Hygienic Toys 2, 1995
ink, tea and furniture varnish on paper
60 x 40 in. (152.4 x 101.6 cm.)
Born 1967, Venice Beach, California.
A native of New Mexico, Benefiel currently lives in New York. He is an earnest, reflective man, who turned to drawing as a way of fixing externally the negative aspects of his life; exorcising the debilitating effects of obsessive-compulsive disorder and his feelings of vulnerability. Benefiel does not conceive of an audience for his drawings. Once completed they are kept out of view even in his own home, for having worked out of a troubled psychic episode, it is only their imperfections which slowly reveal themselves.
As a result, at least once he has destroyed a body of work, but he is content to release pieces so that others might work through their layered, hypnagogic narratives.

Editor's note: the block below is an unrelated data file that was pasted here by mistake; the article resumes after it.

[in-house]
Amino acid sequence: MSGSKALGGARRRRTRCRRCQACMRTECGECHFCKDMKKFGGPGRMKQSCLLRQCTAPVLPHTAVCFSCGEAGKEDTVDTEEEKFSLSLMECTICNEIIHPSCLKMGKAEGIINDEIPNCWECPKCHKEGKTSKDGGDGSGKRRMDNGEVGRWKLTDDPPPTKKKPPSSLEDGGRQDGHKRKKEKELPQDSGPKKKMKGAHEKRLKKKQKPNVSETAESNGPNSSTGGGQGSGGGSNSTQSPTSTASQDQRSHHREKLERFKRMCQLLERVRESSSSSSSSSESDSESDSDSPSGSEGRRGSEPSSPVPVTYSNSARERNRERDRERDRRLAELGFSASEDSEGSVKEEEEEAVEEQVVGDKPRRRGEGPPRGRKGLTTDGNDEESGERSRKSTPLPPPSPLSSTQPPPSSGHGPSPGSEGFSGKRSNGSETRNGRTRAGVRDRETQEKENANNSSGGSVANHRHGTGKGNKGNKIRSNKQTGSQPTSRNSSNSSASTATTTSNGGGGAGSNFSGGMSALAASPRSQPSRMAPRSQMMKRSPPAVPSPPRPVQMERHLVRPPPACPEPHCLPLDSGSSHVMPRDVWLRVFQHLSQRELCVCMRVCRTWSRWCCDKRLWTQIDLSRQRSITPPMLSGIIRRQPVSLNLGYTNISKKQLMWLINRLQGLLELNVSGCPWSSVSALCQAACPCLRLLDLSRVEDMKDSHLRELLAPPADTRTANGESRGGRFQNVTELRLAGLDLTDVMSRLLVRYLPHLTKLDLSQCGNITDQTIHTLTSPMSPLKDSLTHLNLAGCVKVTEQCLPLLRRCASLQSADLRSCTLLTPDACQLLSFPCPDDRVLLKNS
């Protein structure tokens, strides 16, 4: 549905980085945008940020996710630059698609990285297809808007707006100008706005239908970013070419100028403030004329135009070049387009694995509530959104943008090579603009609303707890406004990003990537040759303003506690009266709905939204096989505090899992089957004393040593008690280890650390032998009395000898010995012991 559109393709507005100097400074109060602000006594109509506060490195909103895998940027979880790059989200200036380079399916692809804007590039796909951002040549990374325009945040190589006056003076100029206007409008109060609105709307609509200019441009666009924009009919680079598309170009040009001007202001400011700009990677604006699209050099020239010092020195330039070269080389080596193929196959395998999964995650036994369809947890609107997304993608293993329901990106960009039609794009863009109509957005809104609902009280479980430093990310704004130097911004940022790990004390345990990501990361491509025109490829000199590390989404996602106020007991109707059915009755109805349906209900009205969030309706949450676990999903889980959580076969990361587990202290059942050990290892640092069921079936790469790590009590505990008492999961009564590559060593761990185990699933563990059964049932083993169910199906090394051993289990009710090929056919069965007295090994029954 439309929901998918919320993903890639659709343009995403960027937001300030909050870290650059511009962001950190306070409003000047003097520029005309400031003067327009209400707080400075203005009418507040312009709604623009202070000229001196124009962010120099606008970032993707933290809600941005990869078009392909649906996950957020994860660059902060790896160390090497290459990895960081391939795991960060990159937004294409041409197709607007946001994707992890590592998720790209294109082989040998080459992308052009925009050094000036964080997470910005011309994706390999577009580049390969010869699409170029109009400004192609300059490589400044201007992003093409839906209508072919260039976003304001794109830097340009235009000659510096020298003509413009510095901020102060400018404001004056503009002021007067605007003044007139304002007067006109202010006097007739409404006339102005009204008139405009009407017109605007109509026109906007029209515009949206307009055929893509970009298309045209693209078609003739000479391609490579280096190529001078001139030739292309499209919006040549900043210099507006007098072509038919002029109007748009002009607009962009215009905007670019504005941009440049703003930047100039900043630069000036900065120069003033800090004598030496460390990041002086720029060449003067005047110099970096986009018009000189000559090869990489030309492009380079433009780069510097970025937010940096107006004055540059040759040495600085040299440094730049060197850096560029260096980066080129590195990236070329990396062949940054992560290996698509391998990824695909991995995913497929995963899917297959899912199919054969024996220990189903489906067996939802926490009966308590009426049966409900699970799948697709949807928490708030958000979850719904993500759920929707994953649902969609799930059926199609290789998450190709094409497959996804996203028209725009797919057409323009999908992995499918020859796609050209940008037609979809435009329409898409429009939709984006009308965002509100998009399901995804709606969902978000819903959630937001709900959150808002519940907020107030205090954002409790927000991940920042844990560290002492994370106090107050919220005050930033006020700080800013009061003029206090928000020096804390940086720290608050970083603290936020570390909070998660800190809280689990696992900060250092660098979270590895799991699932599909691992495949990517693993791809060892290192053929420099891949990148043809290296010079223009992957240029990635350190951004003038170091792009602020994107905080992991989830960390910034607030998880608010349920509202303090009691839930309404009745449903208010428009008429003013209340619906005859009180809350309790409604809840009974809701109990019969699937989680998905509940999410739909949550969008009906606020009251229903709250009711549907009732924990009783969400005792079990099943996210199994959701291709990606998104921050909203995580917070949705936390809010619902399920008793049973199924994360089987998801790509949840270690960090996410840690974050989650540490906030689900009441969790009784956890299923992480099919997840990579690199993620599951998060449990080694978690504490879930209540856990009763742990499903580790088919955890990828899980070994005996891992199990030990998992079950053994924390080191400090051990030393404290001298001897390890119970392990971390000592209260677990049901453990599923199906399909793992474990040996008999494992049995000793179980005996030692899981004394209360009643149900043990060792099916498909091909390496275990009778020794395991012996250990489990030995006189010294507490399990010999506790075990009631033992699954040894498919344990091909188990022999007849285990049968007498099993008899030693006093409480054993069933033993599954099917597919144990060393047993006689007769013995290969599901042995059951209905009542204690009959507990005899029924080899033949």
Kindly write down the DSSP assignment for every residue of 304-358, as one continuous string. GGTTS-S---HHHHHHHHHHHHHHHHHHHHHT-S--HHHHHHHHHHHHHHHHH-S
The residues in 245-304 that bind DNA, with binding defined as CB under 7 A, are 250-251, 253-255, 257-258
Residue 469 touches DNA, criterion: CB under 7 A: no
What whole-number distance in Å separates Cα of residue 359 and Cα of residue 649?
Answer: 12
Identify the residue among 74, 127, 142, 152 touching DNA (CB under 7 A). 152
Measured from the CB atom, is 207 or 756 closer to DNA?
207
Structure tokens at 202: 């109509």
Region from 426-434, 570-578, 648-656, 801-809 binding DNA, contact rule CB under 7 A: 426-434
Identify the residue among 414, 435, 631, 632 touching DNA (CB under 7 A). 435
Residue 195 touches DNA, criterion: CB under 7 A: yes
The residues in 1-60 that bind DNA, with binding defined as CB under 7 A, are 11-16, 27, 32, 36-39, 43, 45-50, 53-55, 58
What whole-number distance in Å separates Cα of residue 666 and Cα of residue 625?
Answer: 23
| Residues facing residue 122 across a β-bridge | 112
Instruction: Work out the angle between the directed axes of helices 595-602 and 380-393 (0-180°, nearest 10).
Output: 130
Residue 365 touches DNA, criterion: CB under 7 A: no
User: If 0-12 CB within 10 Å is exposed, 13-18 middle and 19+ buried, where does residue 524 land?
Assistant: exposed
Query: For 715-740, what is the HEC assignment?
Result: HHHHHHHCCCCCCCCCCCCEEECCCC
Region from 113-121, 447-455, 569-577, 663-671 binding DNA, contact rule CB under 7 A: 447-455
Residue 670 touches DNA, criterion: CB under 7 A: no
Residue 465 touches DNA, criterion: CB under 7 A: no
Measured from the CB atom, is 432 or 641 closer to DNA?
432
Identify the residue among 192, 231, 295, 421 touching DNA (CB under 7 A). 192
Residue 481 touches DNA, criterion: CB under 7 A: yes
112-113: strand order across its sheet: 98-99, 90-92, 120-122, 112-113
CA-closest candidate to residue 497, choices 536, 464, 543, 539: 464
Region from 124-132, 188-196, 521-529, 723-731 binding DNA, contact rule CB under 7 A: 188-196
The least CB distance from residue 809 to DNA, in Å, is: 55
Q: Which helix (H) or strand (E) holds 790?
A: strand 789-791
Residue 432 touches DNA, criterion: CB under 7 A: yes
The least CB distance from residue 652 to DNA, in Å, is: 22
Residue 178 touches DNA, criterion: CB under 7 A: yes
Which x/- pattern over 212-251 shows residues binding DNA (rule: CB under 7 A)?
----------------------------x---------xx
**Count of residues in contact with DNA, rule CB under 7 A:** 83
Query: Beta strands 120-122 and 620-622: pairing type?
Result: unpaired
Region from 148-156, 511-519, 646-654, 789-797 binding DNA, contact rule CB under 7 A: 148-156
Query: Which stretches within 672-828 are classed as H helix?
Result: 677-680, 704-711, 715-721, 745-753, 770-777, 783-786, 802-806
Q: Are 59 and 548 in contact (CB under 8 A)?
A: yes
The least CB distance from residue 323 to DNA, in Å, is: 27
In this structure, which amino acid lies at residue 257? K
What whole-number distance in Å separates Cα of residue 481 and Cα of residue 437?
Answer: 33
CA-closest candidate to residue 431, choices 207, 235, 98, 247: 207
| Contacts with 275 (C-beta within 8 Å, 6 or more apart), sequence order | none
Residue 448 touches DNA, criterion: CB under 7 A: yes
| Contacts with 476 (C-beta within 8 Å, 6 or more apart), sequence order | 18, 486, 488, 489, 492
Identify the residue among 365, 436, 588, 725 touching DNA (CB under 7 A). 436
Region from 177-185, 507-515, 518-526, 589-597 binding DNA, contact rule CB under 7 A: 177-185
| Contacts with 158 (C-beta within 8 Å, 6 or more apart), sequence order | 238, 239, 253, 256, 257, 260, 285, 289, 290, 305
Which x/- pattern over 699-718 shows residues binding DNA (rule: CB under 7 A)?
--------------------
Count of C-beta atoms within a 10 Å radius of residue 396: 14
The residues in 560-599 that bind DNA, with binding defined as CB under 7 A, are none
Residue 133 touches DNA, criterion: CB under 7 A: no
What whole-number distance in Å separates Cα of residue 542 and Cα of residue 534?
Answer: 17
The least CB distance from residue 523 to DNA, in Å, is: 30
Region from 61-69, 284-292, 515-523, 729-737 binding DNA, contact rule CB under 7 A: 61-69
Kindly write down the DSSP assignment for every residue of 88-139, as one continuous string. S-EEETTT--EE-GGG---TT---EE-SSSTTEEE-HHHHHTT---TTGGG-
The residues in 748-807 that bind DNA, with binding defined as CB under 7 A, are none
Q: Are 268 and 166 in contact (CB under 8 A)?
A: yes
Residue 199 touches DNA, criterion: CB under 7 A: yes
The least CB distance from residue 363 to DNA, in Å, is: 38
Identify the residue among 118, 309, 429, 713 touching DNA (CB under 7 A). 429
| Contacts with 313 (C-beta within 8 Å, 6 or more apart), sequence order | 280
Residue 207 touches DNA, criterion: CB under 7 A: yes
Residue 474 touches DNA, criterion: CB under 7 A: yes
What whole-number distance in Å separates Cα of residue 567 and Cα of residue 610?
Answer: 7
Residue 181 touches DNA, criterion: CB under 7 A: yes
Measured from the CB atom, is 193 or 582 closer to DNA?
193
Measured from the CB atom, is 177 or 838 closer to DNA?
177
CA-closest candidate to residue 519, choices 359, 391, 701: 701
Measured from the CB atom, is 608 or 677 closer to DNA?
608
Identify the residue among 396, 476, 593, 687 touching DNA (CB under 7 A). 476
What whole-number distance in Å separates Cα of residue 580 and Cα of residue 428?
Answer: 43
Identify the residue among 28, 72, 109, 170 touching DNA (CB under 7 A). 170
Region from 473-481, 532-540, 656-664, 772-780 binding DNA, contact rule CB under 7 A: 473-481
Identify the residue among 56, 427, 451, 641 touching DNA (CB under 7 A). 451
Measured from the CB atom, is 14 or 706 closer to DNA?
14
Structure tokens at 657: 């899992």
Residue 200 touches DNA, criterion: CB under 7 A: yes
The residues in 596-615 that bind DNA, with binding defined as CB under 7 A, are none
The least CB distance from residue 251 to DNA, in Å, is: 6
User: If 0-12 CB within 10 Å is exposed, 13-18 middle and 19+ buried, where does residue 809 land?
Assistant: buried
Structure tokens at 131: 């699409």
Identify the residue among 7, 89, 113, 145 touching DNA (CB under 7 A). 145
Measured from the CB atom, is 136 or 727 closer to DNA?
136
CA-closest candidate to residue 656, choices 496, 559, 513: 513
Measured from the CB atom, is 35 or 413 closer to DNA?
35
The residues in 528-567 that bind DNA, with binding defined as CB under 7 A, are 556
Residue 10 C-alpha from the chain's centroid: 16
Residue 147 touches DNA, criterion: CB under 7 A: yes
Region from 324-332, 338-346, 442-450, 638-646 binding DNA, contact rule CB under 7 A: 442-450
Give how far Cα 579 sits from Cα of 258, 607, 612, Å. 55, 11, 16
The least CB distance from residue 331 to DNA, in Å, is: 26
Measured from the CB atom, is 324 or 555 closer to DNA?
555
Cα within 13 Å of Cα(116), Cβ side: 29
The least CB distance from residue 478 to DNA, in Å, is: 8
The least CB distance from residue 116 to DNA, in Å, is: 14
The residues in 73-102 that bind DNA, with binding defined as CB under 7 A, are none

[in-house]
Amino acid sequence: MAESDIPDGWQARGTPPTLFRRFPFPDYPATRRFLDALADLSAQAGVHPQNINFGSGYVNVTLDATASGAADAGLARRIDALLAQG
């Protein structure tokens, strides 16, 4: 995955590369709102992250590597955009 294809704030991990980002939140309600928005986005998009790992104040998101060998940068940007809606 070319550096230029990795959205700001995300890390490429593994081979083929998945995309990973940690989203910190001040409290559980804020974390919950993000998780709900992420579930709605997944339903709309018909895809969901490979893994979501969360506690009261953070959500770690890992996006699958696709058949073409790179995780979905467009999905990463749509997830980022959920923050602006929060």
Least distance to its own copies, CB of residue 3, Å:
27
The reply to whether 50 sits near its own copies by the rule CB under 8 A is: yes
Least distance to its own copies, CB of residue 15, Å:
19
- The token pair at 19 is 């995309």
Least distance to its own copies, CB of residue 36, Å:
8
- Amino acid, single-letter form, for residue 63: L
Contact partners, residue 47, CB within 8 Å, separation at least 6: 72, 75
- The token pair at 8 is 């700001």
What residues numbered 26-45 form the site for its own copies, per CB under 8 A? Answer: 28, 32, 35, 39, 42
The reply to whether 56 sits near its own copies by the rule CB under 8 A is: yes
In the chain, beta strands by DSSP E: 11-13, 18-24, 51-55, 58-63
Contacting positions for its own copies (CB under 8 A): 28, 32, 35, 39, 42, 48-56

Benefiel's technique of drawing using only dots and working without preliminary designs allows him to lose himself in the act of picture-making, whilst retaining strict control over mark-making. He tends to work from the center outwards, initially producing a composition of loose dots and incrementally covering the whole surface before aging each piece by staining it with tea and adding layers of varnish, wiped with a turpentine-soaked rag. In this way, experience and memory are made to coalesce, and the present is recast in a nebulous future-past.
- Courtesy of Henry Boxer Gallery, London
2006, Obsessive Drawing, American Folk Art Museum, New York
2006, Internal Guidance Systems, travelling exhibition curated by Anne Grgrich and Colin Rhodes
American Folk Art Museum, New York
Collection abcd, Paris
Stern, Julian, "Accidental Magic," Brut Force, March 4, 2015.
Cotter, Holland, "The Desire to Draw, Sometimes a Compulsion," New York Times, September 16, 2005.
Herman, Bernard L., "Charles Benefiel," Raw Vision, #30, Spring 2000.